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James Harold

Join us on Thursday, January 14th for a reading with James Harold, author of Dangerous Art, and Professor and Chair of the Department of Philosophy at Mount Holyoke College. Joining us in conversation will be Jerrine Tan, who is a visiting lecturer in the English Department at Mount Holyoke College.

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About the Book

Dangerous Art takes up the problem of judging works of art using moral standards. When we think that a work is racist, or morally dangerous, what do we mean? James Harold approaches the topic from two angles. First, he takes up the moral question on its own. What could it mean to say that a work of art (rather than, say, a human being) is immoral? He then steps back and examines how moral evaluation fits into the larger task of evaluating artworks. If an artwork is immoral, what does that tell us about how to value the artwork?

By tackling the issue from both sides, Harold demonstrates how many of the reasons previously given for thinking that works of art are immoral do not stand up to careful scrutiny. While many philosophers of art have simply assumed that artworks can be evaluated morally and proceeded as though such assessments were unproblematic, Harold highlights the complexities and difficulties inherent in such evaluations. He argues that even when works of art are rightly condemned from a moral point of view, the relationship between that moral flaw and their value as artworks is complex. He instead defends a moderate, skeptic version of autonomism between morality and aesthetics. Employing figures and ideas from ancient Greece, classical China, and the Harlem Renaissance, as well as William Styron's novel The Confessions of Nat Turner, he argues that we cannot judge artworks in the same way that we judge people on moral grounds. In this sense, we can judge an artwork to be both wicked and beautiful; nothing requires us to judge an artwork more or less valuable aesthetically just because we judge it to be morally bad or good. Taking up complex issues at the intersection of art and ethics, Dangerous Art will appeal to philosophers and students interested in art, aesthetics, moral philosophy, and philosophy of mind.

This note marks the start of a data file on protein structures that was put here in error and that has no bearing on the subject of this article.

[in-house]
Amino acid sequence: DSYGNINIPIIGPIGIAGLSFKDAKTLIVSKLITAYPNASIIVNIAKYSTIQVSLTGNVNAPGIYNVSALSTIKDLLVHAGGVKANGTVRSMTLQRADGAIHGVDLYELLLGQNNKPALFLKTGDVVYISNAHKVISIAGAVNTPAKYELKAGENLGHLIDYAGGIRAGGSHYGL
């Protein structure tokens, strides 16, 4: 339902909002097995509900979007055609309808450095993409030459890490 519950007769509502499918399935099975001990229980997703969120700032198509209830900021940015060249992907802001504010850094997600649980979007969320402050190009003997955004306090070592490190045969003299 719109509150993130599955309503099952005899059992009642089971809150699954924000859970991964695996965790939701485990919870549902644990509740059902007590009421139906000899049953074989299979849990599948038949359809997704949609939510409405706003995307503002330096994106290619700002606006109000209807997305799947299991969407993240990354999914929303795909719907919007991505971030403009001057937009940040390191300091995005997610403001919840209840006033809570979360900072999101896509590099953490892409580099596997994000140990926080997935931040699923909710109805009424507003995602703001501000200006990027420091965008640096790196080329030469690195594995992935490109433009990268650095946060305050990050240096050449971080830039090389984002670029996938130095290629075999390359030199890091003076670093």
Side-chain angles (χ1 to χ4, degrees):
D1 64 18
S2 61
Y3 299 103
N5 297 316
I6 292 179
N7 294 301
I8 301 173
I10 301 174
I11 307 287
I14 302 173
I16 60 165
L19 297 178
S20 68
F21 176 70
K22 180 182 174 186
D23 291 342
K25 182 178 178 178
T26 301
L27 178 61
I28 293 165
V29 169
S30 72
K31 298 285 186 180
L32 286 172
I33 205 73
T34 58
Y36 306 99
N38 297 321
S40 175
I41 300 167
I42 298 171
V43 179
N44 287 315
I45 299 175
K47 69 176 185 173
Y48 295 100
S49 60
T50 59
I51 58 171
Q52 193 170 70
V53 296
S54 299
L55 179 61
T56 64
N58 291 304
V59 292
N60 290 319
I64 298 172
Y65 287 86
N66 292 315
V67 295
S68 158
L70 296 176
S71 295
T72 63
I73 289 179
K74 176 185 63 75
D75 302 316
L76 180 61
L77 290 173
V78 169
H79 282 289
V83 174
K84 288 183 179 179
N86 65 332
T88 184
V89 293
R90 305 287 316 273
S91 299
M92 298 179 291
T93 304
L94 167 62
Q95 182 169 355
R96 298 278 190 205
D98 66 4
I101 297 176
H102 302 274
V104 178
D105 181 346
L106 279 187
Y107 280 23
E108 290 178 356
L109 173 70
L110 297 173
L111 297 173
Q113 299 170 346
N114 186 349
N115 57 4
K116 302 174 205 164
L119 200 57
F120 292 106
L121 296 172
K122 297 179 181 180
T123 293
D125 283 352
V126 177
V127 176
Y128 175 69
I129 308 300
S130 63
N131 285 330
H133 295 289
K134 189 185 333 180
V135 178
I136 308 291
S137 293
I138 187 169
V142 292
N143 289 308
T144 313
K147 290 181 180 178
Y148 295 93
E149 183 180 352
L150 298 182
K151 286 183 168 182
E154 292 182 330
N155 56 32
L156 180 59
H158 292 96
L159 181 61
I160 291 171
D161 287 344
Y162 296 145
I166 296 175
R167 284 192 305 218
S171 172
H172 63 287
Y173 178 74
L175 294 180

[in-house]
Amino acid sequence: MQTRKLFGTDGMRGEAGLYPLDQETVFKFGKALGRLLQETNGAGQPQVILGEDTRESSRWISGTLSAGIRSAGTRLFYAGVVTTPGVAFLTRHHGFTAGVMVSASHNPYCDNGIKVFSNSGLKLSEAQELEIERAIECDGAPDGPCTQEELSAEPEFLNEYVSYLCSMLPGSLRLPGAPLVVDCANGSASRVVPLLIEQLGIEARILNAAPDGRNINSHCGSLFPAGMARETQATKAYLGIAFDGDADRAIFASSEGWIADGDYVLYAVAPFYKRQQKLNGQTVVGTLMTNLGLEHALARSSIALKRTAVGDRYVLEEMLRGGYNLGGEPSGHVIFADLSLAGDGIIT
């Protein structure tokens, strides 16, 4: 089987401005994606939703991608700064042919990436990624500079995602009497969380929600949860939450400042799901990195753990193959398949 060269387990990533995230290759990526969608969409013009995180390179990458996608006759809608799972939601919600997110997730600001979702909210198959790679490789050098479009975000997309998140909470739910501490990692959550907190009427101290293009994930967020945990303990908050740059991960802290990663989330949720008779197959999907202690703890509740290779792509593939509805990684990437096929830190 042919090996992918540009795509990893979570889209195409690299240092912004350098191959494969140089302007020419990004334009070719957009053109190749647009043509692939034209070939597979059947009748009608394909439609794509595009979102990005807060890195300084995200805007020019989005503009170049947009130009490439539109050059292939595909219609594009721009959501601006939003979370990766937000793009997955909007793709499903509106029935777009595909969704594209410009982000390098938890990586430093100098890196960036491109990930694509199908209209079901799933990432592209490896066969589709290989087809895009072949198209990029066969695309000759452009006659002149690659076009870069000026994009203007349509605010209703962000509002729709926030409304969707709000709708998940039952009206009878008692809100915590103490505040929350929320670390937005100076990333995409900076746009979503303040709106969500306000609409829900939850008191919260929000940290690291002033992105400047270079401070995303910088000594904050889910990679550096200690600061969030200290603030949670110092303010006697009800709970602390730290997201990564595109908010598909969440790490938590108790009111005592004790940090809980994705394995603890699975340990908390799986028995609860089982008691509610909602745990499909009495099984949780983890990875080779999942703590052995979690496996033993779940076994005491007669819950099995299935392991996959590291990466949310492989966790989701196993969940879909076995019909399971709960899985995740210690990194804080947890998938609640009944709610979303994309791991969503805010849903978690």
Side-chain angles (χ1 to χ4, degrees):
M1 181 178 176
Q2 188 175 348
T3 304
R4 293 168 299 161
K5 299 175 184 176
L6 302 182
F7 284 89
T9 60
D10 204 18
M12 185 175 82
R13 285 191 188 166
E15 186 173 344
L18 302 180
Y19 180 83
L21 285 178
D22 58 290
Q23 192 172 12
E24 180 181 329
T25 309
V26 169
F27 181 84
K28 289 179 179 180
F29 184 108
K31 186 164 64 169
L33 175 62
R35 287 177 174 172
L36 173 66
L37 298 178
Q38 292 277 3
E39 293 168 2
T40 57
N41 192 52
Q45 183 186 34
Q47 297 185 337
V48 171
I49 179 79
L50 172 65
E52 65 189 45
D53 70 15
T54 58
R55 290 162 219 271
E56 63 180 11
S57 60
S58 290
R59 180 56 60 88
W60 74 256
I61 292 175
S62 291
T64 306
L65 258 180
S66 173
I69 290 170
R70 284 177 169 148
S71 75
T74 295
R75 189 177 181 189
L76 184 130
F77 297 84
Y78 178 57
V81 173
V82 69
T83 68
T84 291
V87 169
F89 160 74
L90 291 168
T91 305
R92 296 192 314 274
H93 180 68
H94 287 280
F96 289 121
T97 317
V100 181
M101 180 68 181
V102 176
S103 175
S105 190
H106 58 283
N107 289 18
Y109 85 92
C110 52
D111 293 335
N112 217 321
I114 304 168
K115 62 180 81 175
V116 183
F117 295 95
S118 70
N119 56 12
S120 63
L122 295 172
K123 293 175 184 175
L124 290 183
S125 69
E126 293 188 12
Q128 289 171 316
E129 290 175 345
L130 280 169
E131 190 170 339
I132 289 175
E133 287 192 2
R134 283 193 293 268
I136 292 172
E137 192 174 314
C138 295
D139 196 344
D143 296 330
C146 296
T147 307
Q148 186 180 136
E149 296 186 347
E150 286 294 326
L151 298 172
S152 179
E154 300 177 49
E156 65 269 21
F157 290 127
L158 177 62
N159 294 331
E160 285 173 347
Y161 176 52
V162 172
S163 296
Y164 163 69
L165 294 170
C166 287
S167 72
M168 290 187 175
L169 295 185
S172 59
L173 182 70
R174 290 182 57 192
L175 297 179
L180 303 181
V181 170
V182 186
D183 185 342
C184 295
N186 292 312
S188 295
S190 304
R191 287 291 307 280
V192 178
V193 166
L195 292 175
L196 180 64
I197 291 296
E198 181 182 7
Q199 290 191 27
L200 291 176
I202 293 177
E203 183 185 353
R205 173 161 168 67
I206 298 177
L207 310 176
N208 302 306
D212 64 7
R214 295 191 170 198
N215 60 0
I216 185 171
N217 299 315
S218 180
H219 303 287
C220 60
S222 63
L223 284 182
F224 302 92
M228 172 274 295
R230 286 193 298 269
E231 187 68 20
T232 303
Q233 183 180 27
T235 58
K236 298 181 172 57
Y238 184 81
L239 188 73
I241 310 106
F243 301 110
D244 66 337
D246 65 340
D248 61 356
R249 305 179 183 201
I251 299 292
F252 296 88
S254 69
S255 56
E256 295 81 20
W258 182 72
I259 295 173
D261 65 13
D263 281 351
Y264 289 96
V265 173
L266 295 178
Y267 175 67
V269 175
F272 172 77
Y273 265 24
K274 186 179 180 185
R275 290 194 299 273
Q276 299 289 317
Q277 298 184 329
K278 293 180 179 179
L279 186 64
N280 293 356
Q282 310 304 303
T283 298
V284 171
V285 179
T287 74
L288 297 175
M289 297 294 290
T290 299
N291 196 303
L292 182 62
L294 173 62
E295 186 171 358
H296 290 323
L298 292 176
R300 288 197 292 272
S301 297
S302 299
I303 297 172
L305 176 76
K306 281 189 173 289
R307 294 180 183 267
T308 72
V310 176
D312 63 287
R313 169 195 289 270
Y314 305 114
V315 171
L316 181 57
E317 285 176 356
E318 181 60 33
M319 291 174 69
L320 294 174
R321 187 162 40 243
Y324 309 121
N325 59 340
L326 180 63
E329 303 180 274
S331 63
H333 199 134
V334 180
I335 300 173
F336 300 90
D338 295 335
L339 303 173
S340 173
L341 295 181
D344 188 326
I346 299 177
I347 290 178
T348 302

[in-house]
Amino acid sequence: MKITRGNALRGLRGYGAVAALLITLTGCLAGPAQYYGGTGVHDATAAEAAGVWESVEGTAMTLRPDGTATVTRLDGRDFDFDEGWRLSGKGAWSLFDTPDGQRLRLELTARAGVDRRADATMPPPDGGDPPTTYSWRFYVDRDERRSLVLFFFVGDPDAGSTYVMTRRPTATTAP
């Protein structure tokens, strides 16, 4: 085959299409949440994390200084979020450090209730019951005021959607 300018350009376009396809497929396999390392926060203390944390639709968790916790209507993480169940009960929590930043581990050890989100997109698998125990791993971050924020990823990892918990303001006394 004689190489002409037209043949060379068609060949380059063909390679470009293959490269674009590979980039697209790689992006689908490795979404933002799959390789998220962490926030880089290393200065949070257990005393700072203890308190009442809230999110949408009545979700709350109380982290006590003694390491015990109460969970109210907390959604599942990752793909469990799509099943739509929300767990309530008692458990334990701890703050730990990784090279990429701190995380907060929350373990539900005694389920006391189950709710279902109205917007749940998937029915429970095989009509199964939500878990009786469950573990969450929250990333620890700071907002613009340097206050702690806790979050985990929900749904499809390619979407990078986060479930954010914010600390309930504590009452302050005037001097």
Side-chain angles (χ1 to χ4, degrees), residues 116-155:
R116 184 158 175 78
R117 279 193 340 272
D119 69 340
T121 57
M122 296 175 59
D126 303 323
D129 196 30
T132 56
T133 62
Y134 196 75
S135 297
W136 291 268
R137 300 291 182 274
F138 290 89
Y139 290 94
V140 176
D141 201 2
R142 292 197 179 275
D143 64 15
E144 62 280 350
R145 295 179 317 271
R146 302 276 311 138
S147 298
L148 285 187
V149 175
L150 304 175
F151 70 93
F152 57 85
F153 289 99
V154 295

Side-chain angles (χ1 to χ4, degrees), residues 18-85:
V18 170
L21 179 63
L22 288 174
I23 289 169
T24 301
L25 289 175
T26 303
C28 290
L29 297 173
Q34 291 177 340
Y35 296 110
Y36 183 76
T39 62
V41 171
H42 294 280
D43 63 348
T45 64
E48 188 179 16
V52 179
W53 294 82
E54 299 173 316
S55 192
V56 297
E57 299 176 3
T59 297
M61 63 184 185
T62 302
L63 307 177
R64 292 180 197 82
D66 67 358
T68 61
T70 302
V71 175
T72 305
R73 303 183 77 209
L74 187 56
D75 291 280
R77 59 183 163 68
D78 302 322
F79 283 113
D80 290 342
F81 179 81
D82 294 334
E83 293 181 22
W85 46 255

About the Panelists

James Harold is Professor and Chair of the Department of Philosophy at Mount Holyoke College, and the author of Dangerous Art: On Moral Criticism of Artworks (Oxford University Press), and editor of the forthcoming Oxford Handbook of Ethics and Art. He is the former Director of the Weissman Center for Leadership and the Liberal Arts. Professor Harold has published widely in aesthetics and ethics, including articles on imaginative engagement with artworks, audience engagement and interpretation, art and ethics in ancient Greece and pre-Han China, and other aspects of artistic practice and reception. 

Jerrine Tan received her bachelor's degree from the University of California, Berkeley and her doctorate from Brown University. She has presented widely at several conferences, including the Modern Language Association, English Language and Literature Association of Korea (ELLAK) and Summer School for Sexualities, Cultures, and Politics (SSSCP). She has also worked as a translator on an advanced Chinese textbook, “China in Depth,” (Peking University Press). Her international approach to research has been supported by various international fellowships. Her research on Kazuo Ishiguro in Shanghai at Fudan University was enabled by the Fudan University Graduate Research Fellowship. An interdisciplinary fellowship from the Brown Graduate School gave Tan the opportunity to gain professional experience as an assistant editor at “differences: A Journal of Feminist Cultural Studies.” She also worked as an editorial assistant for “NOVEL: A Forum on Fiction.” Tan was a graduate representative in her department for six years and served on the Graduate Student Council as International Graduate Student Advocate.


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Get your copy of Dangerous Art below.

Event date: 
Thursday, January 14, 2021 - 7:00pm
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Dangerous Art: On Moral Criticisms of Artwork Cover Image
ISBN: 9780197519769
Availability: On Our Shelves Now
Published: Oxford University Press, USA - September 18th, 2020

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